A scholar with an international reputation for his work in sustainable agriculture, Jules Pretty here explores some questions of global significance. He offers a travelogue that takes in 12 locations around the world, in which he encounters a variety of precarious landscapes and peoples. Along the way, he considers what lessons we can learn about ways of life that do not threaten to undermine increasingly fragile ecosystems or reproduce the blandness of our social ambitions. If Western consumer-driven lifestyles are the enemy, the antidotes may lie in the cultures founded and sustained on different sets of values. Although it would be easy for Pretty to be didactic, his messages here are more elusive. This is both the book’s strength and its weakness. There is a sense of something very important here without it ever coming fully into focus.
The Edge of Extinction lies between general interest and academic travel narratives, and comparable ground has recently been trodden by Robert Macfarlane in The Old Ways: A Journey on Foot and George Monbiot in Feral: Searching for Enchantment on the Frontiers of Rewilding. Those authors succeed more clearly, perhaps because of the less ambiguous nature of their endeavours: mainstream books that demand less of their readers but are not necessarily the worse for it. Reading Pretty’s book, I wanted him to hold back less, and to set out the lessons just a little more explicitly.
Pretty writes beautifully of the places and people he meets, albeit elliptically at times, slowly building up layers of history, ecology, topography and culture. He is particularly good on the subtleties and varieties of fauna, and complex interrelationships that build up over time and are increasingly threatened. The people Pretty encounters, though, come out less successfully. Traditional cultures, and the terrible injustices visited upon them in times past and present, are prominent within the narrative, but the individuals he meets and travels with are more thinly sketched. The book feels less about these people and more about their histories and the places they try to cling on to.
The ambitions of The Edge of Extinction are most fully and successfully realised in a chapter on Amish farming communities in Ohio. It is the most peopled and ethnographically rich discussion in the book, and it is also clear that, in discussing Amish farming practices, Pretty is dealing with material with which he is most familiar and informed. Reading this, there is a sense of how specific knowledge and practices from this community could be instituted more widely. He presents ideas, often modest ones, that work in environmental, economic and social senses and which, with a little imagination, could be deployed elsewhere. This is the challenge that other chapters in the book allude to but do not resolve.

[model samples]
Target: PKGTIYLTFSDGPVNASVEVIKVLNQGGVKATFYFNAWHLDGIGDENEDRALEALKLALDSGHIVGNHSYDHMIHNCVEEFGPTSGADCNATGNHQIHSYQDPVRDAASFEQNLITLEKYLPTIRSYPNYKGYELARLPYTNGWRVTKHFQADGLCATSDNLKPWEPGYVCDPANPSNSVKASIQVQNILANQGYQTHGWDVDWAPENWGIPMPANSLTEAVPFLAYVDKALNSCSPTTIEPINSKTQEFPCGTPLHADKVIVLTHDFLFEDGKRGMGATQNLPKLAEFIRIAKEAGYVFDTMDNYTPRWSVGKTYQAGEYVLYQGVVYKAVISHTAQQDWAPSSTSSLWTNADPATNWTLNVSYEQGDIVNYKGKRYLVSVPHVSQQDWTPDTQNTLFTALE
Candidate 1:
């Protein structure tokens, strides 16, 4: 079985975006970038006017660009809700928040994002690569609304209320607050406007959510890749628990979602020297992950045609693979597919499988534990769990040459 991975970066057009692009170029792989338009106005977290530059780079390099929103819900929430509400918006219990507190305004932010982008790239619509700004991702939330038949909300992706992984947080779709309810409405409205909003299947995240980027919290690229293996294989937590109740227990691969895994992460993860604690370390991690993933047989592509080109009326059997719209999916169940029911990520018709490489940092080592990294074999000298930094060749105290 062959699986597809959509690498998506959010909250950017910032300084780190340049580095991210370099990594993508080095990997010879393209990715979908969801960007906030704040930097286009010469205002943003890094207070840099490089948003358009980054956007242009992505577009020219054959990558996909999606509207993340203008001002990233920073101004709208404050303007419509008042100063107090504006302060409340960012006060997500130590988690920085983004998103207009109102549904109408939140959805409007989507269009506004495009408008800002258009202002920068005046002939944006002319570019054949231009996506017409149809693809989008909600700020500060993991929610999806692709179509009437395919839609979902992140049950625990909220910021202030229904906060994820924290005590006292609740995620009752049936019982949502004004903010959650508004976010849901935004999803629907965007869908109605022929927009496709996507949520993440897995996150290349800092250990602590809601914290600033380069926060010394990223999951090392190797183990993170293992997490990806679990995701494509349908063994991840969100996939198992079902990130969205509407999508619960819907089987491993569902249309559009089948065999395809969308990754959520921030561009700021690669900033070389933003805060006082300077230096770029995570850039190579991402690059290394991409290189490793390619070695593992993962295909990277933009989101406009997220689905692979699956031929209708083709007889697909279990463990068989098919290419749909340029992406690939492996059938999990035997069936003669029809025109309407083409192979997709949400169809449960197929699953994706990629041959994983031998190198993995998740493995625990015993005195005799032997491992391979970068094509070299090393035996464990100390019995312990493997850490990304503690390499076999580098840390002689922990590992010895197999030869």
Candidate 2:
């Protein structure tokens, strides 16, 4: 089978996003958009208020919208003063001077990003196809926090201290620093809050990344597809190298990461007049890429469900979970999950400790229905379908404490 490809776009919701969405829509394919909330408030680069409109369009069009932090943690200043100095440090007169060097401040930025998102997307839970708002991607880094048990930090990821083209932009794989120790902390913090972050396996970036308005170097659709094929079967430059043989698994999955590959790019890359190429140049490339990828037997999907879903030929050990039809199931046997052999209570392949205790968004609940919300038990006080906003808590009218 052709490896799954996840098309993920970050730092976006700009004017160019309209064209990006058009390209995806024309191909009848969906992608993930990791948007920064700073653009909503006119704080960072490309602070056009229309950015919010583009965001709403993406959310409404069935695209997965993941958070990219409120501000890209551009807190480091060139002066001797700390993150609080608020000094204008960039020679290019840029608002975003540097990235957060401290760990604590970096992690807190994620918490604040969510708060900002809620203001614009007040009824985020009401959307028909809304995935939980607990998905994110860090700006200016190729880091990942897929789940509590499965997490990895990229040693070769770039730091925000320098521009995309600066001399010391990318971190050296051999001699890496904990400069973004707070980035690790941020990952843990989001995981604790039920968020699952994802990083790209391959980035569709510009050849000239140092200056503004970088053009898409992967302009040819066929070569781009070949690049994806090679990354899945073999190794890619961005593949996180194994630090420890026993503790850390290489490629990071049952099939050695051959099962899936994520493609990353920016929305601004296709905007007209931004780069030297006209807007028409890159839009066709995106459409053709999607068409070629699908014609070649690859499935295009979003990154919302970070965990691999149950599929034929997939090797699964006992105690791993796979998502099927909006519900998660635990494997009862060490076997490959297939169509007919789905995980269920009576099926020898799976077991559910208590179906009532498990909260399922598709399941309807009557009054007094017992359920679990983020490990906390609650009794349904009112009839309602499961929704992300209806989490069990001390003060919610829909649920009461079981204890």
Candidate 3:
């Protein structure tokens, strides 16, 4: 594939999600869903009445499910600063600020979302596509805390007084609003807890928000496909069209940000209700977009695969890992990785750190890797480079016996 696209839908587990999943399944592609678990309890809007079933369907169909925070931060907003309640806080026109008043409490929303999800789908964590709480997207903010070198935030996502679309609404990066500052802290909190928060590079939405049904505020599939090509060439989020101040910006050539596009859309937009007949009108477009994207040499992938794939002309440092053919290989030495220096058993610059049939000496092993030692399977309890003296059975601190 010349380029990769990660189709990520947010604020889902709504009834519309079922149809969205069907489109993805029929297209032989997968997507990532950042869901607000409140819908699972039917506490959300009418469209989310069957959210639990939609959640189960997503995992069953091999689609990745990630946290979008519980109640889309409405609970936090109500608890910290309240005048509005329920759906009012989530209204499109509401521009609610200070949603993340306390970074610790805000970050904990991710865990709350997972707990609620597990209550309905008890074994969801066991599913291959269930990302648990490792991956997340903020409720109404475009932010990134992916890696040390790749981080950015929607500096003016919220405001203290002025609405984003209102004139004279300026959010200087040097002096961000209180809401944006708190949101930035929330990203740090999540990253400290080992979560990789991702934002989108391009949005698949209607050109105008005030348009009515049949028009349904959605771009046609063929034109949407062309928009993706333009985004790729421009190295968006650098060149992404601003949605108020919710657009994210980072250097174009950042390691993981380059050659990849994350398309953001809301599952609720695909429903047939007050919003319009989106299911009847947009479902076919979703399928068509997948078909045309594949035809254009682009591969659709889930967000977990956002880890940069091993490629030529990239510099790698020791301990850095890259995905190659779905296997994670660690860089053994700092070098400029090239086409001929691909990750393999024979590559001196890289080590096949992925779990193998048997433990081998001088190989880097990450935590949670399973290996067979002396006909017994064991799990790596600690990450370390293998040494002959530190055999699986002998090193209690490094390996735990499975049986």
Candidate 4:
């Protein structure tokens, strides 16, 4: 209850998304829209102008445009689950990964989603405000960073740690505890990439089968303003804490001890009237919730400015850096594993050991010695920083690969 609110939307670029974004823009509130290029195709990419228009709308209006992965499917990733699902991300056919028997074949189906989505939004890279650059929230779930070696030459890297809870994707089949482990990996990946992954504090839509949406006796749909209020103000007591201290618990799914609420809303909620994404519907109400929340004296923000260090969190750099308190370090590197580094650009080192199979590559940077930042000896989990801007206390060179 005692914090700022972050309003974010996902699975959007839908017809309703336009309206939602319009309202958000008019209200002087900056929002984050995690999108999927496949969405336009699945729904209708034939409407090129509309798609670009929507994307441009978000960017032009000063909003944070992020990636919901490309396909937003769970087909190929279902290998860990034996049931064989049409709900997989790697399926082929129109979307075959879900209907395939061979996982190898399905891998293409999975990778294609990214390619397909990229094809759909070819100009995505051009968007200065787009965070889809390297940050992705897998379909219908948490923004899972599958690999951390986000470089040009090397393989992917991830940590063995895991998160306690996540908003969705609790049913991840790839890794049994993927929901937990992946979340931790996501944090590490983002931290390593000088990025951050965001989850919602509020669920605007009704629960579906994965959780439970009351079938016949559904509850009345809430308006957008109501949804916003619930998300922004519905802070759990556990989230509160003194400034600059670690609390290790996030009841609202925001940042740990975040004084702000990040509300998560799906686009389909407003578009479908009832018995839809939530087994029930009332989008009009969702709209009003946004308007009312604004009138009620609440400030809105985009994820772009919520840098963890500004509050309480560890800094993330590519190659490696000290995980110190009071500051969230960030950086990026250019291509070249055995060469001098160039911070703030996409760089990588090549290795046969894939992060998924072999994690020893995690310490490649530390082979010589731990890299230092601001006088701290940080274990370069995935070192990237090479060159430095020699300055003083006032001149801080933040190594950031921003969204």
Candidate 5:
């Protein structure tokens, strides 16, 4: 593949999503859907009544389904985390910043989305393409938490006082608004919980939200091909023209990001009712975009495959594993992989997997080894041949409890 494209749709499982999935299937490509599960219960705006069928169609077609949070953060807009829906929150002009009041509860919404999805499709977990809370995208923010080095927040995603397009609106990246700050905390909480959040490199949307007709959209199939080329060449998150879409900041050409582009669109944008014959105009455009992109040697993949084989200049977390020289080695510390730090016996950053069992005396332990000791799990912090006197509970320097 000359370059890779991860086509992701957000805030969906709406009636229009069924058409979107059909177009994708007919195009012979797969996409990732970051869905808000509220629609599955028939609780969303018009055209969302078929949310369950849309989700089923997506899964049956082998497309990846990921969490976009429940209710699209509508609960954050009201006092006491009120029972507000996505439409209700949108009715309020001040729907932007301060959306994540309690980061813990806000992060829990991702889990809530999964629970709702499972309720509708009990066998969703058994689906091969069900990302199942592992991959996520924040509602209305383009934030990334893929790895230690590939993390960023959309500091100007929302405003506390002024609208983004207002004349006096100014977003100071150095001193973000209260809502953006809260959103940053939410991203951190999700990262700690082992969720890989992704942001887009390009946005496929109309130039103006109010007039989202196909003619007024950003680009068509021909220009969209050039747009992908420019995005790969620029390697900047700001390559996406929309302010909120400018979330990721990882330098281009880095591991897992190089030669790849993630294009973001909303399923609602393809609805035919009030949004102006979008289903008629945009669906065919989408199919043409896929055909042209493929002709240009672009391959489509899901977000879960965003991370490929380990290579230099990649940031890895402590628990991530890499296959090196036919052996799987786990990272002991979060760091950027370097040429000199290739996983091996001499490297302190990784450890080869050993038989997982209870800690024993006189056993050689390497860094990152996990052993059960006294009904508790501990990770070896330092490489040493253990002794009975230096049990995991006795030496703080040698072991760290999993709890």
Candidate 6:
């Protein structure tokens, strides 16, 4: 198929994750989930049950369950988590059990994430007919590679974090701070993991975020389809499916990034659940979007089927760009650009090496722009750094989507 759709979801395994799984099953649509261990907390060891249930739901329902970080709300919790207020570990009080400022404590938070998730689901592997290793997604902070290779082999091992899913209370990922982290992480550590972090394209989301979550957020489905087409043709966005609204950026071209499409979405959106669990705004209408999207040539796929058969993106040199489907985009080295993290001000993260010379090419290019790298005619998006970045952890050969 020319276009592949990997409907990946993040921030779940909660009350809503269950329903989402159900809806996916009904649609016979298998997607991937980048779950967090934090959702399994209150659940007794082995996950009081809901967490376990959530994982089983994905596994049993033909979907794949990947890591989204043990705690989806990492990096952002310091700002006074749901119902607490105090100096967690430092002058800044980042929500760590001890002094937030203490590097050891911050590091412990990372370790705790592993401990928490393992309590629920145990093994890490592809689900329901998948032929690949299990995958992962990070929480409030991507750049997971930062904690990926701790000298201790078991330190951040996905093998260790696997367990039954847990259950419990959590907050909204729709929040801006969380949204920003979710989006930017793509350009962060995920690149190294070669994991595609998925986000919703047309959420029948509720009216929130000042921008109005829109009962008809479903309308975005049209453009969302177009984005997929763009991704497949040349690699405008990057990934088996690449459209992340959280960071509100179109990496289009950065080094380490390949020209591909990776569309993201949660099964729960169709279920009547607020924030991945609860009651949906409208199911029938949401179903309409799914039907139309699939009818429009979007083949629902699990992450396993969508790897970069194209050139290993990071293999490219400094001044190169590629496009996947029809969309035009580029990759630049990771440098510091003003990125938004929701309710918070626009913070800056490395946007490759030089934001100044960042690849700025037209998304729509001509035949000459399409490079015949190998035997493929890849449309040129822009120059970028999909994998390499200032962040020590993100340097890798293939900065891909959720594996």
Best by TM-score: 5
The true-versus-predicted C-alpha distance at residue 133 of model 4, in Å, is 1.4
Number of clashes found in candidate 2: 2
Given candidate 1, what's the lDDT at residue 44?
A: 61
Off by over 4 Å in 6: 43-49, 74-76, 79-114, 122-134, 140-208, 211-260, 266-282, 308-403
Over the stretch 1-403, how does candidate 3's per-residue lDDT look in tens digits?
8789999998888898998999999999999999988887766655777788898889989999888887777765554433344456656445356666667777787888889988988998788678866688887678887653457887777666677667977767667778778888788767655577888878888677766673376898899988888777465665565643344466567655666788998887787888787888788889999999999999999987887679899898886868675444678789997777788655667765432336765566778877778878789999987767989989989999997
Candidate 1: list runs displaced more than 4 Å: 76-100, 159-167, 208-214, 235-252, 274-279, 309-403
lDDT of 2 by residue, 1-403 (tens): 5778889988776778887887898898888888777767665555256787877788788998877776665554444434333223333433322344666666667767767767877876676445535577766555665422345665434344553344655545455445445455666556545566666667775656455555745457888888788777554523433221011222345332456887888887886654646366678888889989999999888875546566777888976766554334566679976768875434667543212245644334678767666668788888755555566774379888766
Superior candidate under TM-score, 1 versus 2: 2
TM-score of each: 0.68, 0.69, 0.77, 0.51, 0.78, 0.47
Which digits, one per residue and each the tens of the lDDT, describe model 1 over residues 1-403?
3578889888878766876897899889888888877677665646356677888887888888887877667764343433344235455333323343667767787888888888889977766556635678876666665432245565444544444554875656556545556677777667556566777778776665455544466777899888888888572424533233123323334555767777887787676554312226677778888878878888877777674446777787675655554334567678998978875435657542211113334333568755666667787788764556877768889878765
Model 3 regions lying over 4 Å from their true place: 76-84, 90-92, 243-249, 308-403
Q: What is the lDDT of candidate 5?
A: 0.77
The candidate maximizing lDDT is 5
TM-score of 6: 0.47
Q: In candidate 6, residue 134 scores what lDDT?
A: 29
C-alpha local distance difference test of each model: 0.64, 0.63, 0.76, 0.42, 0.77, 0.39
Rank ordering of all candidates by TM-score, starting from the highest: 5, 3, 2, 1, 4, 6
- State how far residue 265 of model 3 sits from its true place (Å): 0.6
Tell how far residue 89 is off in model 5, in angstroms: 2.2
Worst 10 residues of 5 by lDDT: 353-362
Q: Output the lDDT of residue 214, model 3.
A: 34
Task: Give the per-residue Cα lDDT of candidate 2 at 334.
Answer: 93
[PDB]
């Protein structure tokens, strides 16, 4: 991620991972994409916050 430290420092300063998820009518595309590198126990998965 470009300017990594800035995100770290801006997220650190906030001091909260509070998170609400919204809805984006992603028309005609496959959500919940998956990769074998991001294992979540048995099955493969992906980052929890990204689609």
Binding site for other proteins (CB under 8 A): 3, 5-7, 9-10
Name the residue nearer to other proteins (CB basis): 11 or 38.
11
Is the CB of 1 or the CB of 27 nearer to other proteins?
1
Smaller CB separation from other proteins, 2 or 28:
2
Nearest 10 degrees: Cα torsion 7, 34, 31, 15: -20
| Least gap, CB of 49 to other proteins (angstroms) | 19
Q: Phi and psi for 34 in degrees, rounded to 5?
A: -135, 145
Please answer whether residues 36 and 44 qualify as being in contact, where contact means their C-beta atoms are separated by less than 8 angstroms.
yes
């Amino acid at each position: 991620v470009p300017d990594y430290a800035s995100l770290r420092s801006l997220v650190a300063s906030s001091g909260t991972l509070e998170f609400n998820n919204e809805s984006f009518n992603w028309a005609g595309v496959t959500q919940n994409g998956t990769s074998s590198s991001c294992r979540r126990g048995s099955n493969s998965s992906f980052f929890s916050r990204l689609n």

A wealth of ecological and cultural wisdom emerges in each of these chapters, and this is the book’s primary contribution. But there are other questions that these insights prompt, about the specificity of such bodies of knowledge, the challenges they raise for our prevailing cultural, economic and policy frameworks, and how these seemingly exclusive ways of being might encounter each other in ways that are not alien and destructive but rather cooperative and respectful. Disappointingly, Pretty has less to say here. These silences within the text would be less problematic if it were not for the lurking sense that these are actually Pretty’s ambitions in undertaking this project.
This book is a pleasure to read, but primarily as a travelogue rather than as eco-philosophy. It feels a little disappointing to take this away from a work that appears to have grander ambitions. Pretty rejects the colonialism inherent in even the more informed literatures of unequal encounter. While this is noble and right, perhaps the urgency of the issues that swirl around The Edge of Extinction demand that these engagements are addressed a little less obliquely than they are here.
The Edge of Extinction: Travels with Enduring People in Vanishing Lands
By Jules Pretty
Comstock Publishing Associates/Cornell University Press, 240pp, £17.50
Published 20 November 2014